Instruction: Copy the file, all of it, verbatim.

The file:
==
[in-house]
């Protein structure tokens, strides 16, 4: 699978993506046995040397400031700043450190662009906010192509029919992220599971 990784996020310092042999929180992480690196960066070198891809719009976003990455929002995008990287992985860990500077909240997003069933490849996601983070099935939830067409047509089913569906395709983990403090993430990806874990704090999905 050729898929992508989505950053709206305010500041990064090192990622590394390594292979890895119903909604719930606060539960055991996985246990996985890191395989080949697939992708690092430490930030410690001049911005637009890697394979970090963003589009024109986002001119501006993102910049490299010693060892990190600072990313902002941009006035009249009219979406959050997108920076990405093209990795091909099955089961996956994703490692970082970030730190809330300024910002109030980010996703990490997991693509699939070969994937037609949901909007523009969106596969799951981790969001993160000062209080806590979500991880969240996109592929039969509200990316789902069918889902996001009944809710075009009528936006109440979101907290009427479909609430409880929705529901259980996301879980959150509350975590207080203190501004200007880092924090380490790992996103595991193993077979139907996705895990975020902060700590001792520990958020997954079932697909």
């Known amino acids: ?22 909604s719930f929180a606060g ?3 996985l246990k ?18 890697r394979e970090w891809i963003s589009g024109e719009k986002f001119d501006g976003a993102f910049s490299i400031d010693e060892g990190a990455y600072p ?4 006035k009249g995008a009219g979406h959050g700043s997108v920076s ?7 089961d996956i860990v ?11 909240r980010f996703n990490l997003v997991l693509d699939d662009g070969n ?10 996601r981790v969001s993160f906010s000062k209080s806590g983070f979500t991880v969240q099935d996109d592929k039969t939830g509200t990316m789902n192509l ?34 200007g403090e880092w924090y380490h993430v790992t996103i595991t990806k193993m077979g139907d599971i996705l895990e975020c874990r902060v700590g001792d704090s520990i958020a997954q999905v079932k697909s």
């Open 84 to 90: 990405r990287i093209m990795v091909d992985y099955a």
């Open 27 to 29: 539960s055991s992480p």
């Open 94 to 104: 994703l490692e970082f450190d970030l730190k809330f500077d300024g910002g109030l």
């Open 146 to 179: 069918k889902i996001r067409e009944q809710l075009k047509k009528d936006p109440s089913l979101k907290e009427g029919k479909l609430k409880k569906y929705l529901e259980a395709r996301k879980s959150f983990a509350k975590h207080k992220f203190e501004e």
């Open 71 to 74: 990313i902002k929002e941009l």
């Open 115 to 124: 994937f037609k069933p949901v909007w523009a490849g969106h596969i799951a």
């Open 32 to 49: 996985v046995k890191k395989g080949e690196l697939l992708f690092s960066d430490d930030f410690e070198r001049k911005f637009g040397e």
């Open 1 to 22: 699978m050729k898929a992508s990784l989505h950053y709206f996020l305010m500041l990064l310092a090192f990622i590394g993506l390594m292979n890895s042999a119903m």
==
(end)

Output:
[in-house]
């Protein structure tokens, strides 16, 4: 699978993506046995040397400031700043450190662009906010192509029919992220599971 990784996020310092042999929180992480690196960066070198891809719009976003990455929002995008990287992985860990500077909240997003069933490849996601983070099935939830067409047509089913569906395709983990403090993430990806874990704090999905 050729898929992508989505950053709206305010500041990064090192990622590394390594292979890895119903909604719930606060539960055991996985246990996985890191395989080949697939992708690092430490930030410690001049911005637009890697394979970090963003589009024109986002001119501006993102910049490299010693060892990190600072990313902002941009006035009249009219979406959050997108920076990405093209990795091909099955089961996956994703490692970082970030730190809330300024910002109030980010996703990490997991693509699939070969994937037609949901909007523009969106596969799951981790969001993160000062209080806590979500991880969240996109592929039969509200990316789902069918889902996001009944809710075009009528936006109440979101907290009427479909609430409880929705529901259980996301879980959150509350975590207080203190501004200007880092924090380490790992996103595991193993077979139907996705895990975020902060700590001792520990958020997954079932697909």
């Known amino acids: ?22 909604s719930f929180a606060g ?3 996985l246990k ?18 890697r394979e970090w891809i963003s589009g024109e719009k986002f001119d501006g976003a993102f910049s490299i400031d010693e060892g990190a990455y600072p ?4 006035k009249g995008a009219g979406h959050g700043s997108v920076s ?7 089961d996956i860990v ?11 909240r980010f996703n990490l997003v997991l693509d699939d662009g070969n ?10 996601r981790v969001s993160f906010s000062k209080s806590g983070f979500t991880v969240q099935d996109d592929k039969t939830g509200t990316m789902n192509l ?34 200007g403090e880092w924090y380490h993430v790992t996103i595991t990806k193993m077979g139907d599971i996705l895990e975020c874990r902060v700590g001792d704090s520990i958020a997954q999905v079932k697909s």
């Open 84 to 90: 990405r990287i093209m990795v091909d992985y099955a």
């Open 27 to 29: 539960s055991s992480p």
């Open 94 to 104: 994703l490692e970082f450190d970030l730190k809330f500077d300024g910002g109030l």
């Open 146 to 179: 069918k889902i996001r067409e009944q809710l075009k047509k009528d936006p109440s089913l979101k907290e009427g029919k479909l609430k409880k569906y929705l529901e259980a395709r996301k879980s959150f983990a509350k975590h207080k992220f203190e501004e």
């Open 71 to 74: 990313i902002k929002e941009l």
């Open 115 to 124: 994937f037609k069933p949901v909007w523009a490849g969106h596969i799951a």
């Open 32 to 49: 996985v046995k890191k395989g080949e690196l697939l992708f690092s960066d430490d930030f410690e070198r001049k911005f637009g040397e």
């Open 1 to 22: 699978m050729k898929a992508s990784l989505h950053y709206f996020l305010m500041l990064l310092a090192f990622i590394g993506l390594m292979n890895s042999a119903m």